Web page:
out of Five
Running time: 86
No One Lives is a gleefully trashy, darkly funny exploitation horror-slash-thriller with inventive gore scenes, a knowing script and an intriguing central performance from Luke Evans.
What's it all about?
Directed by Ryuhei Kitamura, No One Lives begins with an unnamed man (Luke Evans - the credits refer to him as "Driver") driving into a small northwestern town while having an argument with his girlfriend Betty (Laura Ramsey). When they stop at a motel, they have a violent encounter with a group of vicious criminals (Derek Magyar, Beau Knapp, America Olivo and Brodus Clay) led by cool-headed Hoag (Lee Tergesen), but the gang quickly realise they might have bitten off more than they can chew when "Driver" turns out to be a psychopathic killer with a penchant for inventive murderising.
Luke Evans is excellent as the psychopathic Driver - indeed, this is an unusual example of a horror film where the quote-unquote "hero" is scarier than the villains. There's also strong support from Lee Tergesen, Derek Magyar (as Flynn, Hoag's trigger happy second-in-command) and Adelaide Clemens as Emma, a kidnapped heiress the gang find in the trunk of Driver's car, who tries to warn them that Driver is much more dangerous than he first appears.
The gore scenes are extremely inventive (Death by clipboard! Death by remote control!) and the knowing script has a lot of fun with its original premise. In addition, Kitamura's assured direction strikes exactly the right balance between gore and darkly funny moments, largely by getting the cast to play it as straight as possible.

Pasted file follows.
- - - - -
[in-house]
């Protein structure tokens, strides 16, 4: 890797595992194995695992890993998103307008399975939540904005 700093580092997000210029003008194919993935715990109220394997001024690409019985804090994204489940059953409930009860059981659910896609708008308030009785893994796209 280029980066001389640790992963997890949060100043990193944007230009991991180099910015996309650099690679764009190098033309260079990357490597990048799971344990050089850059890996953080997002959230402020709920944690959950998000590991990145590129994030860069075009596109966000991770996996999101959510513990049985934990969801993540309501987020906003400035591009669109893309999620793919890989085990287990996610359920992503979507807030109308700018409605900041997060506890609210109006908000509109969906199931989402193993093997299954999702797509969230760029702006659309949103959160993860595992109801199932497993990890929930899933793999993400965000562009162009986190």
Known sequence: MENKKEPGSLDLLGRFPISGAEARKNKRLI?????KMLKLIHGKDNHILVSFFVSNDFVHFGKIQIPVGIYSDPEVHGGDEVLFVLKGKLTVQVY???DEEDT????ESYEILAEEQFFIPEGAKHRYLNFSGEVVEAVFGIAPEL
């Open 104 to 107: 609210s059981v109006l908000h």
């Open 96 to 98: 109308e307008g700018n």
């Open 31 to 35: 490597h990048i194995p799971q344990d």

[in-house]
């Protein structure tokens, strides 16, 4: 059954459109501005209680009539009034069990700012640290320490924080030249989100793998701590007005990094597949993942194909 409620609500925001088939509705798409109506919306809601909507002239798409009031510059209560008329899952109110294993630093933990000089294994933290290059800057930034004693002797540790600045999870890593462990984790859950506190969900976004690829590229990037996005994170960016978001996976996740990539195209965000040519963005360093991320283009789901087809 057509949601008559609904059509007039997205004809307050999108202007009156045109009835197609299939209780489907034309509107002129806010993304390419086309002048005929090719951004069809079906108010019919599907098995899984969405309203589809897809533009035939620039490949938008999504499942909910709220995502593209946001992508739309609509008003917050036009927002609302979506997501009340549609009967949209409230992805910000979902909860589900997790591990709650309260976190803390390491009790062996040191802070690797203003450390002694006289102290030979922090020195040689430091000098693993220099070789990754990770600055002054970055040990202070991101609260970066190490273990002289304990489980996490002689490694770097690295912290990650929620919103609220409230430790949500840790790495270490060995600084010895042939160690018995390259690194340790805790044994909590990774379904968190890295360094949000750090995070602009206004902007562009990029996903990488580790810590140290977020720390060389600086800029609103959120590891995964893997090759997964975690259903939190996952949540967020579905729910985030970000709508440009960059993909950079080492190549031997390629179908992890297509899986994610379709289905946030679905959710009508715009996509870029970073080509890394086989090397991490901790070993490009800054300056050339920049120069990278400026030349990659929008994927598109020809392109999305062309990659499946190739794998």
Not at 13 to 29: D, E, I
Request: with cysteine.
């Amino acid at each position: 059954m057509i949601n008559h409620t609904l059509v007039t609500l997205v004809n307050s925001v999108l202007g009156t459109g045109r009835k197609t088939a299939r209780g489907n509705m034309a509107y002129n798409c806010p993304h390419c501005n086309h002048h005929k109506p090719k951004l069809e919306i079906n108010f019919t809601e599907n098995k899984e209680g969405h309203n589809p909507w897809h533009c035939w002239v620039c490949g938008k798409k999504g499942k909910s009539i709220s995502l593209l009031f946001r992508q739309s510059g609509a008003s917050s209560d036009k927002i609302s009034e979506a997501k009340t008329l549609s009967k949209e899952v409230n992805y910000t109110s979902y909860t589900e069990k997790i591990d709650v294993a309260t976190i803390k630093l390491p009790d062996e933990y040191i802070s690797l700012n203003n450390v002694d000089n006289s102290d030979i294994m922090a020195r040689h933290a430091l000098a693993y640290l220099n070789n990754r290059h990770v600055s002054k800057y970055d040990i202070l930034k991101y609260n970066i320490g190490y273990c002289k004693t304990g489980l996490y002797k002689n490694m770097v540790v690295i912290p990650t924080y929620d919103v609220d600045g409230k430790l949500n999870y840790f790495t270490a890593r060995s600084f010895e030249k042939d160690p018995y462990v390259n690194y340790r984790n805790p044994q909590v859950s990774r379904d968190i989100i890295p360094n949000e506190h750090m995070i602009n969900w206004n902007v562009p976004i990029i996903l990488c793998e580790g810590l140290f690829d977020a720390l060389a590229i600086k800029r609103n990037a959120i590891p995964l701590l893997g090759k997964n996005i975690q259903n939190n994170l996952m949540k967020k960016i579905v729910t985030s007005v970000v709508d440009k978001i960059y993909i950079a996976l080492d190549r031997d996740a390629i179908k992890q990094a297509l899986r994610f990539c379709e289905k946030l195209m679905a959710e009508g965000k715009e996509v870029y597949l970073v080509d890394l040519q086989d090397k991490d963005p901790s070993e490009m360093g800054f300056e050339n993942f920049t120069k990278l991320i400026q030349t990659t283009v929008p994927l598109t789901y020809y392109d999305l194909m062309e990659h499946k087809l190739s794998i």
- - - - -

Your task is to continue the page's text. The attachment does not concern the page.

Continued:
The film takes a calculated risk in making the "hero" as sadistically nasty as the villains and it's an intriguing experiment in terms of the game it plays with traditional audience expectations, but it still means that you're effectively left with no one to root for. In addition, the dialogue often leaves something to be desired (sample line: "If I wanted to hear from an asshole, I'd rip you a new one!") and could probably have done with a quick polish.
No One Lives is an enjoyably trashy horror-thriller with an original premise, inventive gore scenes and a strong central performance from Luke Evans, though it's slightly let down by some subpar dialogue. Worth seeing, all the same.